Ever since Boris approved the plans to demolish Earl’s Court and build a residential and retail estate in its place, I’ve been expecting it to sink into decay and oblivion, if not vanish altogether. But no, it’s still there, hale and hearty and actually in much better nick than I expected. Maybe that’s because the set of three exhibitions Yannick and I went to see were, as one of the titles said, top drawer, or maybe the exhibition centre is refusing to go quietly. Either way, we were impressed.
It started with the banks of computers that awaited us for registration and continued with the white carpet laid across the whole venue, the sparkling new lights, the ample supply of coffee shops and the shiny new stalls. Stalls occupied by top names in the craft and home design field, like Royal Copenhagen and Marimekko. There was a buzz about the place; plenty of visitors and a feeling of business being done.
We were heading for Handmade-Japan, a grouping of over five hundred Japanese craft makers, described as ‘a showcase of traditional beauty and balance’. They’re showing in the UK for the first time, with fifteen of them taking part in Craft. But we had a wander around first and had a happy encounter with another consortium of Japanese artisans called Rin Crossing. They had a great selection of glass and ceramic ware including these wonderful goldfish and Mount Fuji patterned glasses by Joetsu Crystal Glass:
These cut glass tumblers by Kiki Japanese Modern:
And these Dome Nail Head teapots by Roji Associates.
Then we dallied a long time at the Mashiko Pottery stall. So long, in fact, that I’m going to save it for another post and get straight on to Handmade-Japan. Their skills are diverse, ranging from chopstick-making to pearl cultivation, taking in kimonos, leather bags, shoes and brushes along the way.
The hits for me were the kimonos by Tokyo Yamaki, with their traditional fabric designs and sumptuous colours.
If a kimono doesn’t fit your lifestyle, you could go for one of these Gamaguchi clasped cloth bags by Kataoka instead. Gamaguchi means ‘toad mouth’ which is an interesting perspective on what we more pedestrianly call a clasp.
They’re made with textiles using traditional designs, like the pattern of Japanese masks.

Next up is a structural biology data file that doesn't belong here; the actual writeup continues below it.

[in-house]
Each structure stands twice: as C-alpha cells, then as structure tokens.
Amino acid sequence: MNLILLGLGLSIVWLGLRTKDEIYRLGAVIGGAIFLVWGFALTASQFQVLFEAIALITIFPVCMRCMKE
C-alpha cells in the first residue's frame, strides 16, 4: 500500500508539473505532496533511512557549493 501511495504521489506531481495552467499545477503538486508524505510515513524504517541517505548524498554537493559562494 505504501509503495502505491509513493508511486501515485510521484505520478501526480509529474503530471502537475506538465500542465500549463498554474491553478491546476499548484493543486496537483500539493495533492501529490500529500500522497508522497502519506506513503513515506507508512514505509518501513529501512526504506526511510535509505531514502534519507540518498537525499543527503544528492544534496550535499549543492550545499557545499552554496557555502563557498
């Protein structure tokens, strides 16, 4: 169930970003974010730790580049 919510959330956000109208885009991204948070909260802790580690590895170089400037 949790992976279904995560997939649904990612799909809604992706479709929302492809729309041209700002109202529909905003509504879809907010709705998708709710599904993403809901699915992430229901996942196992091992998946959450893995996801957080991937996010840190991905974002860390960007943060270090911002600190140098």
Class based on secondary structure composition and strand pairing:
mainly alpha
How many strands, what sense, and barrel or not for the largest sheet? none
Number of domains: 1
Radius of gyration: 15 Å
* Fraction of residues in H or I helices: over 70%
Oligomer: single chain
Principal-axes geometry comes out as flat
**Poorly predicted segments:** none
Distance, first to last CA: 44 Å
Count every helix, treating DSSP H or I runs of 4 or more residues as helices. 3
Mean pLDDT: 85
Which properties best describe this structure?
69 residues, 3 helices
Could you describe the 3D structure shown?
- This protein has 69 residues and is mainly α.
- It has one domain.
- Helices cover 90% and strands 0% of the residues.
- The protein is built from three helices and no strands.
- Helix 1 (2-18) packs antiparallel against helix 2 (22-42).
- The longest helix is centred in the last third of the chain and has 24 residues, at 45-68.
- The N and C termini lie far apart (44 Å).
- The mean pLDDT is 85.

Or you might prefer a purse made from Koshu lacquered deer hide by Inden Yamamoto. The use of deerhide dates back four hundred years, and the patterns used are traditional ones from when deerhide items were first incorporated into samurai armour.
You’ll also need some geta (wooden-soled sandals). These geta, by Chiezo, are made from mahogany with a wider cloth thong than is normal for extra comfort.
For your make up, there are these cosmetic brushes by Kashoen ((Aizawa Kikaku). They’re made from animal hair like goat, grey squirrel, pine squirrel, mink and water badger and put through more than fifty processes in a craft tradition that dates back over 130 years.
These Nanbu Hoki brushes by Takakura Kogei have a rather different purpose: dusting. They’re made from broom grass and bound together with silk thread. The grass is organically grown and harvested at the end of August when it is still green. Each brush takes five people up to a month to produce.
I would have liked to have this clock with the hands set against Oshima Tsumugi silk pongee decorated with ikat patterning by Hajime Shoji. But then, I’d have liked to have a lot of things that were on show.
And it was hard to drag Yannick away from these oh-so-desirable Nakazawa leather bags, made from ultra-thin leather so they’re surprisingly light.
Sadly, the Earl’s Court show is over (it was just a three day event, aimed more at trade buyers than the general public) but the good news is that the Rin Crossing consortium will be showing at the Wagumi shop at the Oxo Tower from 15 January to 14 February. And hopefully we’ll be seeing Handmade-Japan products turning up in shops over here before too long.